At time of writing, the strikes are set to continue through multiple dates in June and July, with union members committing to “work to rule” between strike days (i.e., sticking to the explicit terms of their contracts). Considering the large amounts of unpaid overtime that many in publishing undertake out of a wish to not let their authors or editors down, it’s likely that the Nature portfolio of journals will see significant knock-on disruption to publication schedules over this period and beyond. The NUJ says it is willing to meet with senior management to continue negotiations; statements from Springer Nature similarly express a willingness to do the same. As I wrote for this blog last year, an unfortunate reluctance to engage meaningfully with staff in unions is not unique to commercial entities. But with the likely impact on the business, and the visible support from the academic community, it seems inevitable that Springer Nature will be forced to meet at least some of its employees’ demands.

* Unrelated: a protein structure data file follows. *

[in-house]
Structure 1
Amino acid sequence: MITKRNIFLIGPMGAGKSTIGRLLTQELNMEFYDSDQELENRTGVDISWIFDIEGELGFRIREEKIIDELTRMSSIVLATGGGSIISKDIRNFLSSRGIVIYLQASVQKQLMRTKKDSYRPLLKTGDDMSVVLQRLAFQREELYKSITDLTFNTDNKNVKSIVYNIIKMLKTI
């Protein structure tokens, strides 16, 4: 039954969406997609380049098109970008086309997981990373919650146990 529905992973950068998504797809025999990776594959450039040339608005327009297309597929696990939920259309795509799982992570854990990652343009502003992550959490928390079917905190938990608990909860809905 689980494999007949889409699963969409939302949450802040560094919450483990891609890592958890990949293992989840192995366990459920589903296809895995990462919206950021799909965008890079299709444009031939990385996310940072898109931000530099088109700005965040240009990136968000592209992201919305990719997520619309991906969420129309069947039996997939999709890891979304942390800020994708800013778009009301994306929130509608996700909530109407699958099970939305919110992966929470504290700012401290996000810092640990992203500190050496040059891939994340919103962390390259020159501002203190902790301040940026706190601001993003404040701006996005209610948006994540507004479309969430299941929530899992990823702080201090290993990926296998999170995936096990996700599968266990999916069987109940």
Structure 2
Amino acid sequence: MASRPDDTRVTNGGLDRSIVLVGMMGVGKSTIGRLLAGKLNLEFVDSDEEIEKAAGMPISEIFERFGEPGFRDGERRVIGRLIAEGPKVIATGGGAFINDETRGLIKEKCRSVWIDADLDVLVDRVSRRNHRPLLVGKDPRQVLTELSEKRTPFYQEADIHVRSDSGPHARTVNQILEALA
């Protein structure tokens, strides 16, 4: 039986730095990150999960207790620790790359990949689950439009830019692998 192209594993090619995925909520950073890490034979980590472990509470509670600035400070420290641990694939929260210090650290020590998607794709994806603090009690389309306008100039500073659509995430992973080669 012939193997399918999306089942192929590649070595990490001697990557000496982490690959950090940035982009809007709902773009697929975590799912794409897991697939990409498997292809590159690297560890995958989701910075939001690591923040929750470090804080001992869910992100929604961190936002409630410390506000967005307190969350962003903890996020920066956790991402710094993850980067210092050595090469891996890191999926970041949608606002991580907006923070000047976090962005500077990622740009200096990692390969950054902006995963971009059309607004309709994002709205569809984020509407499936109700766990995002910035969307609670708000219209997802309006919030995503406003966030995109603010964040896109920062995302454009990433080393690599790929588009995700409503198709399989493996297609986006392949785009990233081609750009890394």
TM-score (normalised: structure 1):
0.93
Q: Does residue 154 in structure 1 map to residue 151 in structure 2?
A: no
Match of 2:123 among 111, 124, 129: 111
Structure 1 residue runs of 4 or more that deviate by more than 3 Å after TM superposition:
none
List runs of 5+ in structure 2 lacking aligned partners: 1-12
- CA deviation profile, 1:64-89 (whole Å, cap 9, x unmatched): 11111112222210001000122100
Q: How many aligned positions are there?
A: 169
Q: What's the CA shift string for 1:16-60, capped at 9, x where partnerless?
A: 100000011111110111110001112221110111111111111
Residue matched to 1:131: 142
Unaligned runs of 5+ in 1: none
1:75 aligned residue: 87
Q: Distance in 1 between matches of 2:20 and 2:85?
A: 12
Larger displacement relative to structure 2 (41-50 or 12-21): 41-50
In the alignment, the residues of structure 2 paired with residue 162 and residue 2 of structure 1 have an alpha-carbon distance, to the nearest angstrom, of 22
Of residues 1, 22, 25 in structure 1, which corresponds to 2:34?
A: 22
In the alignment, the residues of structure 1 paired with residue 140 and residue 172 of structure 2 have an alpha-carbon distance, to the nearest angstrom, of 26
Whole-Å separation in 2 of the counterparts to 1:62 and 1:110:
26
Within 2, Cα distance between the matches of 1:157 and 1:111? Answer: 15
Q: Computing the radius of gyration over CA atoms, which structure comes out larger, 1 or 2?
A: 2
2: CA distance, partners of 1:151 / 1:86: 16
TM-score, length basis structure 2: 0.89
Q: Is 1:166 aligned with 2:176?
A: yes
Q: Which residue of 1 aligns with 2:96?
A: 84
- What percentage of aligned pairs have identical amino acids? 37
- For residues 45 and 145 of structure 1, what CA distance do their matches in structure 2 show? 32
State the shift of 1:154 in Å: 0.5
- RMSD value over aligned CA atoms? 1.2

Charles Whalley

Charles Whalley is Head of Journals Publishing at the British Pharmacological Society. He is also a member of the National Union of Journalists, which covers staff in academic publishing.


7 Thoughts on "Guest Post — At the Nature Picket"

Very well put analysis! Unfortunately, SpringerNature seems to be struggling to innovate and provide added value in creative ways. They are riding on their historical reputation which -alone- will not take them far into the future. Journal staff end up paying the price for this failure at the top which makes an IPO a terrible idea in my honest opinion.

To the point of this article, no self-respecting staff member should have to put up with this so I’m glad they have finally gone on strike! I say this as a former editor at the company, who has seen this all first hand.

I find it a bit odd that the author of this guest post does not disclose the fact that, as head of journals publishing at the British Pharmacological Society, he is a competitor of Springer Nature (the BPS publishes its journals with Wiley).